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South Africa pushing hard for direct trade of horses with EU

Key progress has been made in recent months

John Grewar (left) and Adrian Todd both hopeful of direct trade resuming with the EU
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The South African racing and breeding industries had a bitter pill to swallow in May 2013 when the European Union (EU) carried out an audit which found that the country was unable to ensure the absence of African horse sickness (AHS) in the specially controlled zone for horses being exported.

Since then, South Africa has been unable to export horses directly to most countries, with equines required to spend a minimum of three months in quarantine in Mauritius before reaching Europe. 

Adrian Todd heads up the South Africa Equine Health and Protocols NPC (SAEHP), a dedicated unit which seeks to re-introduce the direct trade of horses with the EU, some of whom will eventually race in countries like Hong Kong, Singapore and the UAE.

"The re-opening of direct routes is not just about South Africa," said Todd. 

"It's about creating two-way trade that will be for the benefit of all, with South African breeders also being able purchase more mares within Europe."

The controlled zone, which comprises a protected, surveillance and free zone, has been in place since 1997 and allowed South African trainer Mike de Kock to regularly land Group 1 spoils on an international stage.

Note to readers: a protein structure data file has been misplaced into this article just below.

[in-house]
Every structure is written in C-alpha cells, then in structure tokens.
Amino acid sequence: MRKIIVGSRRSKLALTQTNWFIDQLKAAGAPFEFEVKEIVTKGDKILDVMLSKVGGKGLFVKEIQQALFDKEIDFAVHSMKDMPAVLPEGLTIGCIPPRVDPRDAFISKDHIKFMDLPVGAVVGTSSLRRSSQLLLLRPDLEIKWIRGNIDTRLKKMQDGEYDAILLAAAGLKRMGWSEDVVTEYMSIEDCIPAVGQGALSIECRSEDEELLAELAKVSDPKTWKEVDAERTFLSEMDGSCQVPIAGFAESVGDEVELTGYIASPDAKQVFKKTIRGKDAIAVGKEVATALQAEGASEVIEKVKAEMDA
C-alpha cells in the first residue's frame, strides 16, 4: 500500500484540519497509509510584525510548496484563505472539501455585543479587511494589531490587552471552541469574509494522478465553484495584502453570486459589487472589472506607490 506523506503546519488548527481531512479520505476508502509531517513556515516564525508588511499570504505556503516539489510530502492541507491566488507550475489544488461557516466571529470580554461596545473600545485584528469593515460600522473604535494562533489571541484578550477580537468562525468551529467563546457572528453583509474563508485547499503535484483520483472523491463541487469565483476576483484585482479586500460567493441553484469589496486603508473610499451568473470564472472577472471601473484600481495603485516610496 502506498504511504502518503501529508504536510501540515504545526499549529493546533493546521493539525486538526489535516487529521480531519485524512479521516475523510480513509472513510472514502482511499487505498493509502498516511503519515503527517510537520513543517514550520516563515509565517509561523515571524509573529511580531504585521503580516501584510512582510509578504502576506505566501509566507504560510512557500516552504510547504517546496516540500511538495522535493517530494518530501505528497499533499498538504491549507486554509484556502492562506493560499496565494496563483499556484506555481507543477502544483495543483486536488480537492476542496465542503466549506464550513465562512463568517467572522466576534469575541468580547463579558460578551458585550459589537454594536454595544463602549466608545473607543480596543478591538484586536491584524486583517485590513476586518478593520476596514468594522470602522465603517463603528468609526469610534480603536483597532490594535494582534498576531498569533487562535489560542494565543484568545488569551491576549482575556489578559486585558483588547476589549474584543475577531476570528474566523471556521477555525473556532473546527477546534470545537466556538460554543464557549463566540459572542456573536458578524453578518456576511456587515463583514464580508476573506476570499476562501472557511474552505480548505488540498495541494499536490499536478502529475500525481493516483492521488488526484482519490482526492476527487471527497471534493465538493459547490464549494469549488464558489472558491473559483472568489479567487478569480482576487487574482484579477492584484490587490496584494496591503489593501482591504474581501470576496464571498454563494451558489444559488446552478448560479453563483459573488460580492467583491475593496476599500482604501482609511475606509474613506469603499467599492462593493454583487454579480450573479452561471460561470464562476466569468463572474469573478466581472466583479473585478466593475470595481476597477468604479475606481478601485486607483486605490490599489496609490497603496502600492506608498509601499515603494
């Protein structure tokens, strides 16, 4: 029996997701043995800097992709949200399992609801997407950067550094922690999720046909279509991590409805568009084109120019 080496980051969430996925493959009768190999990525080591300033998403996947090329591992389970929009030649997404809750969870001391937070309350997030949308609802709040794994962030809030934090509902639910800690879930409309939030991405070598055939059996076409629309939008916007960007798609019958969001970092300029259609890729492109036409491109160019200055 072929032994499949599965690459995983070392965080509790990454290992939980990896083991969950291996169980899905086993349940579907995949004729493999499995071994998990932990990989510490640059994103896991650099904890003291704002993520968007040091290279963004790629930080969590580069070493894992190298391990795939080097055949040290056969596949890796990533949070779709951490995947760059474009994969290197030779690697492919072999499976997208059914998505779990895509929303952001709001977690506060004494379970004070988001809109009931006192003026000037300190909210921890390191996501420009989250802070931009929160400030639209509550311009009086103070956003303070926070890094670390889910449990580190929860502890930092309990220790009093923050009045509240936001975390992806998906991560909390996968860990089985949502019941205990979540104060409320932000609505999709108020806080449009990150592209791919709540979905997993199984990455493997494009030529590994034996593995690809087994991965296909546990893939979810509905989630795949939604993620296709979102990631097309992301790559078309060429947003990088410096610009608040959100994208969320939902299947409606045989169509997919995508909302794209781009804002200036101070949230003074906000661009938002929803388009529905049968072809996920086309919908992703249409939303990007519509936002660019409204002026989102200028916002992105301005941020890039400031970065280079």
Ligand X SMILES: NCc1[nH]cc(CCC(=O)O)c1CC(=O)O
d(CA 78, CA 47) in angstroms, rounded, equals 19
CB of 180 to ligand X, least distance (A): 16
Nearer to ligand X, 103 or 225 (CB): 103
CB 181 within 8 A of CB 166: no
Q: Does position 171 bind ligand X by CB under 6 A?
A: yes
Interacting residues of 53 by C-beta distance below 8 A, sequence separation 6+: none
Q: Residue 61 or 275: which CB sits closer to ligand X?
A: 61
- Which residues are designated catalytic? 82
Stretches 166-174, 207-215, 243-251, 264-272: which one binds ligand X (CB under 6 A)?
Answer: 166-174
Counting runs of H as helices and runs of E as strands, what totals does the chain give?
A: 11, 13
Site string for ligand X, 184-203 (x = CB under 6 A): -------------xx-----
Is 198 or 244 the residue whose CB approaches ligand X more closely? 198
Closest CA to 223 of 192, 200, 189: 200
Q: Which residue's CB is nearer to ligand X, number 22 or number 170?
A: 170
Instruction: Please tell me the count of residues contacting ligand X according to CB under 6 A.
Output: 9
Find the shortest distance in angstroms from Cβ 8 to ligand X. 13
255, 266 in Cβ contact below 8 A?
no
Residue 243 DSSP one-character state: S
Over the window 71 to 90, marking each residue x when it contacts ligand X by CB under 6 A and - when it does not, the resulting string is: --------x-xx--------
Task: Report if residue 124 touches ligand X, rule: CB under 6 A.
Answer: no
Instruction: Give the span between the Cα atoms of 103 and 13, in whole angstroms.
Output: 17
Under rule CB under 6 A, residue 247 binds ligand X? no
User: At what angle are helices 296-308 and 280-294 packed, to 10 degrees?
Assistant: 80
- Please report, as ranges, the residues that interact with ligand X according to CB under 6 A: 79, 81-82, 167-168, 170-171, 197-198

Among his elite winners were Archipenko, Eagle Mountain, Ipi Tombe, Irridescence, Lizard's Desire, Master Of Hounds, Right Approach, Shea Shea, Sun Classique, Variety Club and Vercingetorix.

However, with the challenges of being unable to export directly to other countries, De Kock has not fielded a top-flight winner outside of South Africa since Variety Club triumphed in the Champions Mile at Sha Tin in May 2014.

The measures have also affected bloodstock sales in South Africa, but there is hope on the horizon that direct trade of horses with the EU will resume in the near future. 

"We're confident that South Africa meets and exceeds the control requirements of the EU for risk-free and sustainable trade," said John Grewar, research and innovation manager of the SAEHP.

"We're eagerly awaiting the resumption of direct trade following negotiations between us and the EU.

"We'll then be in a much better position to finalise direct trade protocols with other non-EU countries."

A positive outcome to negotiations could see trade resume later this year, while further protocols could allow for the direct export of horses from South Africa to other non-EU countries.


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Following successful negotiations with the EU, we'll be in a much better position to finalise direct trade protocols with other non-EU countries
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